Film and ethics

Robert Sinnerbrink*

*Corresponding author for this work

Research output: Chapter in Book/Report/Conference proceedingChapterpeer-review

2 Citations (Scopus)


Despite the flourishing of research on film and philosophy, there has been comparatively little attention given to the relationship between ethics and cinema. More recently, scholars have begun exploring the ways in which cinema can be read alongside philosophical approaches to ethics, or how certain filmmakers can be understood as engaging in ethics through film. Film theory not only has now begun to explore ethics in film but could be described as undergoing an “ethical turn” in reflecting upon cinema as a distinctive way of thinking through ethical concerns. This chapter examines four ways in which ethical approaches to cinema are commonly articulated in philosophical film theory: (1) ethics in cinema (focusing on narrative content); (2) the ethics of cinematic representation (focusing on issues raised by film production and/or audience reception); (3) the ethics of cinema as a cultural medium expressing moral beliefs, social values or ideology; and (4) the aesthetic dimension of cinema—the role of aesthetic form in intensifying our experience, focusing our attention, sensitizing us to our environment—as affective ways of evoking ethical experience and thereby opening up our moral-ethical horizons.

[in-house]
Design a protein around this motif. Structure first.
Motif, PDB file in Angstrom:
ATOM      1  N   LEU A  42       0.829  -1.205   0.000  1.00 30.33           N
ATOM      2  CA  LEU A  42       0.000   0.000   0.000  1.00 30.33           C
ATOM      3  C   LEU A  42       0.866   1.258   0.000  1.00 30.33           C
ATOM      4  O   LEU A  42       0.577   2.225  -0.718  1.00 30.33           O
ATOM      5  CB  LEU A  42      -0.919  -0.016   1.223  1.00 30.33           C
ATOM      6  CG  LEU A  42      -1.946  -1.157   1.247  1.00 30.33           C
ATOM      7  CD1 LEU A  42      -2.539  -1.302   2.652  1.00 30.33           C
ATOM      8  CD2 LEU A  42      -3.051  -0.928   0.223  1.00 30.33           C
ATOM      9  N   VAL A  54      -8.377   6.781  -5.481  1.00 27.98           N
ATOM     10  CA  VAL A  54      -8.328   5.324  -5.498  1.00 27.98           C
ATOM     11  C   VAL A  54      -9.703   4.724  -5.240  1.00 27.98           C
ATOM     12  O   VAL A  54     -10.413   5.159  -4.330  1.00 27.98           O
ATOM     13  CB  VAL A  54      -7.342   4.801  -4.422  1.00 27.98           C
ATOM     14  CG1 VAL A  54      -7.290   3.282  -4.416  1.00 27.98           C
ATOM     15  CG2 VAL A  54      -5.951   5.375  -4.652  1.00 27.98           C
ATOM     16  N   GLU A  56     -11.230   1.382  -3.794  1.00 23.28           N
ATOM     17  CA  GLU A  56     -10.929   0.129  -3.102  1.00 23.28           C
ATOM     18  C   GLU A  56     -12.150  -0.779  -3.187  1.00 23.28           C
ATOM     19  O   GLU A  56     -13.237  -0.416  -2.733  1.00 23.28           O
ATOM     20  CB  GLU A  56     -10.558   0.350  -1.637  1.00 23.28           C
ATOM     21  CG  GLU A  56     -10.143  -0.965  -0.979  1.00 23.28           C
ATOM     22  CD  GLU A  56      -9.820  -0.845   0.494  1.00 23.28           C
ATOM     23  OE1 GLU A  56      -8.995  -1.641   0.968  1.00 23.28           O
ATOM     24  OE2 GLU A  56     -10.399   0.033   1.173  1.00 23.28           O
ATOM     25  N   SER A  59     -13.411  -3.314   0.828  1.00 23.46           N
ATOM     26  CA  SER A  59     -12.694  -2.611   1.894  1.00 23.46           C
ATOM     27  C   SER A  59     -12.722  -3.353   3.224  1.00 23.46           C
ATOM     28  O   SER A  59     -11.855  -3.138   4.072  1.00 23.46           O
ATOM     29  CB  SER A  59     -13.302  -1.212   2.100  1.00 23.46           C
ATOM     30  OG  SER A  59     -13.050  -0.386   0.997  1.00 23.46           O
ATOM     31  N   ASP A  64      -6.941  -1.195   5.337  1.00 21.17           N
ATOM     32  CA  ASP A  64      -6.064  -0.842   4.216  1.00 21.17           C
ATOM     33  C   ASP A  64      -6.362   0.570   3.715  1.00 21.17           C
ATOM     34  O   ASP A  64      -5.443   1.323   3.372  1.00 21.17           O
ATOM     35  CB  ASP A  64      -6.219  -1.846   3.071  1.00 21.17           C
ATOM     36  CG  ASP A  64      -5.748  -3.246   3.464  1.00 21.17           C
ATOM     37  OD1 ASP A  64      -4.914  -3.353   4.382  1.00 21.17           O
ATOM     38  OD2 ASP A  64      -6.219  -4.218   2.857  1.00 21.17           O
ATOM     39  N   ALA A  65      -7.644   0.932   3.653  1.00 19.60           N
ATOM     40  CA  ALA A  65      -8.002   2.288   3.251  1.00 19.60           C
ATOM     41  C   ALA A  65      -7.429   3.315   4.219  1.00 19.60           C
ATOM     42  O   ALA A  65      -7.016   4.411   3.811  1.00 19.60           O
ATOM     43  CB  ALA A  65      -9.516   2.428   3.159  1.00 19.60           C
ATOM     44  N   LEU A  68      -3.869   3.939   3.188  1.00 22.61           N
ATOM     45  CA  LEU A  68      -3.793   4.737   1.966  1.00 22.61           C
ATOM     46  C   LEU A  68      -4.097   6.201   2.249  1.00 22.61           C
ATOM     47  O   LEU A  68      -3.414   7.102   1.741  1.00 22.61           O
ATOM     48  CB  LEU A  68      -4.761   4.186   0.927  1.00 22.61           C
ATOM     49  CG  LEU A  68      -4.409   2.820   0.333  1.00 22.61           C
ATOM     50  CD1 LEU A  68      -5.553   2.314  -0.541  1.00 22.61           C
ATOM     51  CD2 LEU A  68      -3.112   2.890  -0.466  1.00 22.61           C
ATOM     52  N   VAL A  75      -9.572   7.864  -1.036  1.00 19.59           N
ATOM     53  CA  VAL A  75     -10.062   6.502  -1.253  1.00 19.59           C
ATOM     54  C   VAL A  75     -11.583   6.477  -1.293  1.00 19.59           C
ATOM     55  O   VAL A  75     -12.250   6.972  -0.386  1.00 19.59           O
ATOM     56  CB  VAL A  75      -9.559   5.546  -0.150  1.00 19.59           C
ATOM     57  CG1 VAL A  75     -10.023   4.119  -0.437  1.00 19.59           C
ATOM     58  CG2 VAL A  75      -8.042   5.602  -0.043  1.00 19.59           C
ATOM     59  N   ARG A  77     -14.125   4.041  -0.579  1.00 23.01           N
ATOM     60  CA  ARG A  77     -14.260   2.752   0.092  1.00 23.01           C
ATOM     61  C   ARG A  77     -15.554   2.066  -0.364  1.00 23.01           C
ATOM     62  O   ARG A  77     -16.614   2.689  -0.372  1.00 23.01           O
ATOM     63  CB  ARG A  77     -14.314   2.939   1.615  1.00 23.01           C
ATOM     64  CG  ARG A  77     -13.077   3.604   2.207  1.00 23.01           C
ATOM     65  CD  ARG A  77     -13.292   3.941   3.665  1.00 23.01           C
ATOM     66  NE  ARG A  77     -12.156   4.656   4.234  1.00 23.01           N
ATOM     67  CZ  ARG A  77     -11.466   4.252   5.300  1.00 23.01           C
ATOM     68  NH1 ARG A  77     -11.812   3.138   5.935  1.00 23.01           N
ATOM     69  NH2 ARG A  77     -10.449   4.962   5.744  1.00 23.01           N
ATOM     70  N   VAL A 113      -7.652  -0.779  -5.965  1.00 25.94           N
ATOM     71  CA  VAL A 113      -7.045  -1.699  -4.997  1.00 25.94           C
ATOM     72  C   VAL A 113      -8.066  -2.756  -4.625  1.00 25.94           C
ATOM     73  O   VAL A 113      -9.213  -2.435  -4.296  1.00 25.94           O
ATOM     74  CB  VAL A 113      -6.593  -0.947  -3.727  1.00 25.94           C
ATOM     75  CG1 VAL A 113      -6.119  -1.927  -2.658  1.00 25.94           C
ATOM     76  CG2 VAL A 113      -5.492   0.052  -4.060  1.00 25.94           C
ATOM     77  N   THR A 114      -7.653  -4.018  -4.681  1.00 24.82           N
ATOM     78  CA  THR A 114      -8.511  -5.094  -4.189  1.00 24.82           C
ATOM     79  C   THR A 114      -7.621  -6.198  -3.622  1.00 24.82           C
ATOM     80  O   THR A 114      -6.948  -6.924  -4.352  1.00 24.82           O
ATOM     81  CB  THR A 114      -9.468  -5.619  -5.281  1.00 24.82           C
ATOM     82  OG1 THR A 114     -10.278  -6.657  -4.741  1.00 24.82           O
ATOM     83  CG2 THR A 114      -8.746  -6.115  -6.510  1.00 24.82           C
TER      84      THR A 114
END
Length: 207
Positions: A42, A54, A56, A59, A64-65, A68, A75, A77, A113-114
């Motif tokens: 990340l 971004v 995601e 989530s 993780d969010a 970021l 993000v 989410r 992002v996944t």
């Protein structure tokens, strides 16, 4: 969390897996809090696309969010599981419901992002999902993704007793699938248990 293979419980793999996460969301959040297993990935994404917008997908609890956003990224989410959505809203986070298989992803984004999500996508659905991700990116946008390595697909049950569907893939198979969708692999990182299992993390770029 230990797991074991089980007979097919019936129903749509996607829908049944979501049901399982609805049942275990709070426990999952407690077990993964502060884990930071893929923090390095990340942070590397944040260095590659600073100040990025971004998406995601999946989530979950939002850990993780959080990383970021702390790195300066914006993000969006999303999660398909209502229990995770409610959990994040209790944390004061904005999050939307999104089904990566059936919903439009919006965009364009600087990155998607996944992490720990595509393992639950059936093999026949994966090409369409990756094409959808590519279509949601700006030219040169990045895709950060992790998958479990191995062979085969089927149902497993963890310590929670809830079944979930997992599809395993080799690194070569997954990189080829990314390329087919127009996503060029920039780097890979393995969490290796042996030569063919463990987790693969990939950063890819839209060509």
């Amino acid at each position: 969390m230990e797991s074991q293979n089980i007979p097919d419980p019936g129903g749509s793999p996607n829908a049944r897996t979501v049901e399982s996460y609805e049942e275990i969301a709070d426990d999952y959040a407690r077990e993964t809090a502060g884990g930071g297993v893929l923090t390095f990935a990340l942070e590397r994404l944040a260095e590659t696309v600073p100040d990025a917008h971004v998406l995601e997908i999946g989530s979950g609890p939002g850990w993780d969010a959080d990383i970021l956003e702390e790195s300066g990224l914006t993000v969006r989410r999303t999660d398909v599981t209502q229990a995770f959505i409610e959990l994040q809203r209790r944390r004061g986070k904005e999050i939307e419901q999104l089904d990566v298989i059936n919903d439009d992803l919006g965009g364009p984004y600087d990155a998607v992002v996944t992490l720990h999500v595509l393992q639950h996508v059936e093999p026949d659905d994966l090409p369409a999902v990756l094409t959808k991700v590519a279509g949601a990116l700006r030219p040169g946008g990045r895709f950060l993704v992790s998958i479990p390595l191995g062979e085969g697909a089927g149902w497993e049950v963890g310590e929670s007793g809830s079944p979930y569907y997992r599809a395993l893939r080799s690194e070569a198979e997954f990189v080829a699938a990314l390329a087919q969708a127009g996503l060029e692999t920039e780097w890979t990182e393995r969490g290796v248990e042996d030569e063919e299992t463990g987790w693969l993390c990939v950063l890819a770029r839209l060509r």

Original languageEnglish
Title of host publicationPhilosophy and film
Subtitle of host publicationbridging divides
EditorsChristina Rawls, Diana Neiva, Steven S. Gouveia
Place of PublicationNew York ; London
PublisherRoutledge, Taylor and Francis Group
Number of pages21
ISBN (Electronic)9780429787140
ISBN (Print)9781138351691
Publication statusPublished - 2019

Publication series

NameRoutledge research in aesthetics


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